Abstract:
Often, administrators believe that workplace bullying can be ignored because it is not prohibited legally. This paper examines the likelihood that workplace bullying leads to expensive lawsuits. A chi square analysis confirms the association on a statistically significant level.
Tse-Chun Lin, Mingzhu Tai, Jiayu Zhou
Published: 11 July 2021
SSRN Electronic Journal; doi:10.2139/ssrn.3884276

Abstract:
This paper documents that racial differences in credit distribution during a general mortgage credit expansion can lead to unintended negative consequences on crime. Exploiting a federal mortgage market deregulation, we find a significant increase in mortgage approval to white borrowers, while the approval rate to black borrowers is unchanged. More importantly, the local housing boom induced by this credit expansion leads to an increase in money-related crime rates of black offenders. The results highlight an unintended adverse consequence of credit expansion on the welfare of the minorities.
Komain Jiranyakul
Published: 11 July 2021
SSRN Electronic Journal; doi:10.2139/ssrn.3884186

Abstract:
This paper examines the influence of crude oil price on inflation in seven Asian and two of the pacific economies. The period of investigation is from 1987M5 to 2019M12. The results of cointegration tests reveal that there is stable positive long-run relationship between consumer price index and crude oil price in these countries. In the short run, there is unidirectional causality running from crude oil price change to inflation in most cases. The findings suggest accommodative monetary policy measures to combat high inflation rate.
Yilin Hou, Robert Phillips
Published: 10 July 2021
SSRN Electronic Journal; doi:10.2139/ssrn.3842832

Abstract:
Crowdfunding is an alternative funding mechanism whereby innovators can access funding for their projects using a variety of “payback” options to investors – from traditional rewards such as equity, dividends and repayments with interest to non-monetary rewards such as physical or digital rewards. It has been defined by Schwienbacher and Larralde (2010) as an open call to the crowd to generate financial resources for particular purposes. The reward-based model is of great interest as it gives the option of providing incentives to investors without using money (which is in short supply) or giving up equity – yet still being able to provide rewards which are of great interest to investors such as prototypes of games, a character in a game, early versions of products, or products at an exclusive discount (Islam and Phillips, 2020).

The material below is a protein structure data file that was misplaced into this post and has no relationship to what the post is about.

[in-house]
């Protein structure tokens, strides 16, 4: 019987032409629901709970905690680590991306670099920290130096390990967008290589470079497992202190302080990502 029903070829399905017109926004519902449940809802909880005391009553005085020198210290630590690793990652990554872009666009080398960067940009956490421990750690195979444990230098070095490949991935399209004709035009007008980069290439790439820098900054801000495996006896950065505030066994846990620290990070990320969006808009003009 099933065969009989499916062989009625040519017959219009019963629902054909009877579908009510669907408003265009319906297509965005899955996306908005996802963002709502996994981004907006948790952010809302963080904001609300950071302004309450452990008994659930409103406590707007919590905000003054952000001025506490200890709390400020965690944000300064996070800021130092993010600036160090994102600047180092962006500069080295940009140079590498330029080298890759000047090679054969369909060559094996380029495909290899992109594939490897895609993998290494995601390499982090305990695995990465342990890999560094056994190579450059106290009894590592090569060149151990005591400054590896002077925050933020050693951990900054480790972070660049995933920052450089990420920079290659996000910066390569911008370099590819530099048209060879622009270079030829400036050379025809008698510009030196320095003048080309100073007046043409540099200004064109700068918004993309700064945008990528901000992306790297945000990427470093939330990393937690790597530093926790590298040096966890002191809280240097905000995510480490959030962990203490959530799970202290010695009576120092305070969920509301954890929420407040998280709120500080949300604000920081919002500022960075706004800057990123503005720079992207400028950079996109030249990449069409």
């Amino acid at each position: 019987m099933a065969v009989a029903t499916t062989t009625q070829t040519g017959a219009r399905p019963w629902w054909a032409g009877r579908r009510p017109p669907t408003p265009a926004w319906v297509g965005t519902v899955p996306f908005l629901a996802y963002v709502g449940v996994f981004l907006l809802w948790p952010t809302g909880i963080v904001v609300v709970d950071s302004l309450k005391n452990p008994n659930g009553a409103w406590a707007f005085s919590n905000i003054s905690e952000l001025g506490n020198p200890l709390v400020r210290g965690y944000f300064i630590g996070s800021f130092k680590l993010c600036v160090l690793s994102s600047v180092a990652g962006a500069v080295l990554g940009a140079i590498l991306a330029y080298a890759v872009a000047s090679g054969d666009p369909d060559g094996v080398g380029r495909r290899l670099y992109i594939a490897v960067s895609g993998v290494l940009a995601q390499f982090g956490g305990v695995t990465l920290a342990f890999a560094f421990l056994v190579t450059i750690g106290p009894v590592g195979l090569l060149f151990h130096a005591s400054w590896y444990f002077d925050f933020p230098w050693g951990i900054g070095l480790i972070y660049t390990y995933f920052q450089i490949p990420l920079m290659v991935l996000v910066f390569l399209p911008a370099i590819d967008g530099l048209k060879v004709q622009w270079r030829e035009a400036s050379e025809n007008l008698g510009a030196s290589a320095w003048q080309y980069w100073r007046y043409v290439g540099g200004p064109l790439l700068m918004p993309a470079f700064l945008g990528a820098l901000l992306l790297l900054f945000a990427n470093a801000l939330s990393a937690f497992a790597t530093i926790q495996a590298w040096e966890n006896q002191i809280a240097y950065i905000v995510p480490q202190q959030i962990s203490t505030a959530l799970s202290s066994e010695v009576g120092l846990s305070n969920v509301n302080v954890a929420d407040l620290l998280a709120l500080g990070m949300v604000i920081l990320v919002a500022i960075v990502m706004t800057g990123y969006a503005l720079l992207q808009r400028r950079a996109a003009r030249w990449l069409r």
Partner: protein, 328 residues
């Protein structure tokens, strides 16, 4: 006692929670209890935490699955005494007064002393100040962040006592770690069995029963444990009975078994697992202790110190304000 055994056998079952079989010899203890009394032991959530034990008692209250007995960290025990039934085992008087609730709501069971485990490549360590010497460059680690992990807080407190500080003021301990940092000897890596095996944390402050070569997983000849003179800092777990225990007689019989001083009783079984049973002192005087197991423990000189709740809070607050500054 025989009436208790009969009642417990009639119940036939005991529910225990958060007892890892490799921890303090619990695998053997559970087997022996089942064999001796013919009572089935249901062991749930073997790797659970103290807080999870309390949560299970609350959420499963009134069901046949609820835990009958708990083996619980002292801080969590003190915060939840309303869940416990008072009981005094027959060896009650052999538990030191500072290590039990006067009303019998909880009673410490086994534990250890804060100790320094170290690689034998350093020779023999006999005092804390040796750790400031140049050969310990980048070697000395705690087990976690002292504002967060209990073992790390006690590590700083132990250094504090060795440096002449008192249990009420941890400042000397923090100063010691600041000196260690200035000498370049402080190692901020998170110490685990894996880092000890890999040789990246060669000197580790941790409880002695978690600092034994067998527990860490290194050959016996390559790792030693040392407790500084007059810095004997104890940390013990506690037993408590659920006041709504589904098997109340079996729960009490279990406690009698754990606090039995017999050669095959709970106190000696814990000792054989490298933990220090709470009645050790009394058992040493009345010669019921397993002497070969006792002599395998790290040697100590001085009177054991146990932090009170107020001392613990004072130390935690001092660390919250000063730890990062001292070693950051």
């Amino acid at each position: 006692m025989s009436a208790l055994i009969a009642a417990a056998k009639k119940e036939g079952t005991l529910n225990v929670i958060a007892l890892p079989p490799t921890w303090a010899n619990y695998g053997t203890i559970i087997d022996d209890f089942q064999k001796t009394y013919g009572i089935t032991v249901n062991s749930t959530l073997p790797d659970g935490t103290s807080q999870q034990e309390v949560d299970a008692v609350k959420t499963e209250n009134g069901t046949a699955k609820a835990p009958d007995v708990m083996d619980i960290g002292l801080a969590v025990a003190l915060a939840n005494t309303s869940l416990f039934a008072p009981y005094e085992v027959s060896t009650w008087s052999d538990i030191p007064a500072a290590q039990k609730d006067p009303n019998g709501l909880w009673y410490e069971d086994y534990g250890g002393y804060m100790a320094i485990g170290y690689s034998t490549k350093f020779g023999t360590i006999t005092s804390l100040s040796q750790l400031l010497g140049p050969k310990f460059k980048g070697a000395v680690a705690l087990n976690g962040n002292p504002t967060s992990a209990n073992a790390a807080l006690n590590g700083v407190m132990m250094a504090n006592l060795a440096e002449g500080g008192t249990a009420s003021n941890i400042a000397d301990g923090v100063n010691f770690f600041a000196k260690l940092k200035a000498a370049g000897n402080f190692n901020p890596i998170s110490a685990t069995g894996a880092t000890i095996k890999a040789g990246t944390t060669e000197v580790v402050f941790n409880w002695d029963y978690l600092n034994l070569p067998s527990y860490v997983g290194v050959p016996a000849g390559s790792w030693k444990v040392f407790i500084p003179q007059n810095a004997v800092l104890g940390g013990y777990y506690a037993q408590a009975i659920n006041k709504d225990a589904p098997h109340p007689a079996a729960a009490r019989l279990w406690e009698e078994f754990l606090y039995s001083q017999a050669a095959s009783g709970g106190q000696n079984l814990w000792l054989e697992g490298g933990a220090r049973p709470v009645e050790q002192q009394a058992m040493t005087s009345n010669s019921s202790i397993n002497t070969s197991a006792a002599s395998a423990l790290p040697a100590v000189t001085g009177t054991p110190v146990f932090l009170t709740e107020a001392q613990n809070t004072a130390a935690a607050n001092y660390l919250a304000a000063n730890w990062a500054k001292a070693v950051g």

Yuzhuo Huang, Ken'ichi Matsumoto
Published: 10 July 2021
SSRN Electronic Journal; doi:10.2139/ssrn.3874289

Abstract:
With Japan’s emphasis on domestic demand and the gradual expansion of interregional trade, indirect carbon dioxide (CO2) emissions have become an important factor limiting Japan’s realization of carbon neutrality in 2050. In this study, using regional trade data, input-output analysis was applied to study indirect CO2 emissions from the domestic exports/imports of 30 prefectures in Japan in 2010, and log-mean Divisia index decomposition analysis was conducted to analyze the factors influencing the net indirect CO2 emissions of each prefecture. The main results are as follows: (1) some manufacturing prefectures with obvious characteristics of an export-oriented economy supply the market demand of most areas in Japan with their industrial products and have become the main net CO2 exporters undertaking the vast majority of CO2 emission reduction tasks; (2) consumer prefectures not only guide the output of manufacturing prefectures to a certain extent but also export a substantial amount of indirect CO2 emissions to other prefectures through the service industry, which is widely seen as a low-carbon emitter and is as such neglected by regulations aimed at reducing emissions. Therefore, the implementation of carbon neutrality needs to balance the relationship between production and consumption. While reforming the technology of the manufacturing prefecture from the production side to reduce CO2 emissions, the market demand of the consumer prefecture should also be adjusted from the consumption side to enhance the concept of sustainable consumption.
Daniel Müller, Elisabeth Gsottbauer
Published: 10 July 2021
SSRN Electronic Journal; doi:10.2139/ssrn.3884125

Abstract:
We conduct a representative survey experiment in Germany to understand why people support inefficient policies. In particular, we measure beliefs about and preferences for rent control -- a policy that is widely regarded as harmful by experts. To tease out causal mechanisms, we provide randomly selected subsets of participants with empirical estimates about the effects of rent control on rent prices and housing supply and with information about the consensus among economists against rent control. We find that people update their beliefs and that this leads to lower demand for rent control. Left-wingers update their beliefs more strongly, which reduces the ideological gap in support for rent control by about one-third. Providing information about economists' rejection of this policy leads to the largest reduction in support. However, the main drivers of support for rent control are fairness considerations and profit motives. Our study also highlights the importance of trust in expert advice since treatment effects are consistently larger among those who indicate trust in expert advice. Finally, an obfuscated follow-up survey conducted three weeks later reveals that the effects, both on support for rent control and on beliefs, persist only for those who trust.